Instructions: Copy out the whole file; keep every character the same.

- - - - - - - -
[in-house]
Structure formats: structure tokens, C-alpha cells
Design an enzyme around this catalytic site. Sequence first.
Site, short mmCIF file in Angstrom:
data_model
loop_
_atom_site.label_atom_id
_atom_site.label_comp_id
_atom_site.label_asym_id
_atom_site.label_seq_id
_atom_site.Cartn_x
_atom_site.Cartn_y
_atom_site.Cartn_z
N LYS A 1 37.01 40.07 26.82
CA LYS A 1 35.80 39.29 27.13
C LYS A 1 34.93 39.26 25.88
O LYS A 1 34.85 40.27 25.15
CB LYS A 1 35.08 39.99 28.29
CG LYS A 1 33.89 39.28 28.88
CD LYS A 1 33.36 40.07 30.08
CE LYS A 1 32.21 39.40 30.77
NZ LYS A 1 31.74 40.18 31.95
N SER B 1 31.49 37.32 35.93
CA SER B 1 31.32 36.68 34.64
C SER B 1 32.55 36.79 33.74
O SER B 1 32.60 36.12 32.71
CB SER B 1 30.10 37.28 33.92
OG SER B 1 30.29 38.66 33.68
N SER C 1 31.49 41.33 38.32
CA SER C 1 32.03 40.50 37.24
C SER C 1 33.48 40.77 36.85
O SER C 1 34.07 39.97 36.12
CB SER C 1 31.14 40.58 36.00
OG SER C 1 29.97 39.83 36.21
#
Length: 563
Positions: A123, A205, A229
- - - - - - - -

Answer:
[in-house]
Structure formats: structure tokens, C-alpha cells
Design an enzyme around this catalytic site. Sequence first.
Site, short mmCIF file in Angstrom:
data_model
loop_
_atom_site.label_atom_id
_atom_site.label_comp_id
_atom_site.label_asym_id
_atom_site.label_seq_id
_atom_site.Cartn_x
_atom_site.Cartn_y
_atom_site.Cartn_z
N LYS A 1 37.01 40.07 26.82
CA LYS A 1 35.80 39.29 27.13
C LYS A 1 34.93 39.26 25.88
O LYS A 1 34.85 40.27 25.15
CB LYS A 1 35.08 39.99 28.29
CG LYS A 1 33.89 39.28 28.88
CD LYS A 1 33.36 40.07 30.08
CE LYS A 1 32.21 39.40 30.77
NZ LYS A 1 31.74 40.18 31.95
N SER B 1 31.49 37.32 35.93
CA SER B 1 31.32 36.68 34.64
C SER B 1 32.55 36.79 33.74
O SER B 1 32.60 36.12 32.71
CB SER B 1 30.10 37.28 33.92
OG SER B 1 30.29 38.66 33.68
N SER C 1 31.49 41.33 38.32
CA SER C 1 32.03 40.50 37.24
C SER C 1 33.48 40.77 36.85
O SER C 1 34.07 39.97 36.12
CB SER C 1 31.14 40.58 36.00
OG SER C 1 29.97 39.83 36.21
#
Length: 563
Positions: A123, A205, A229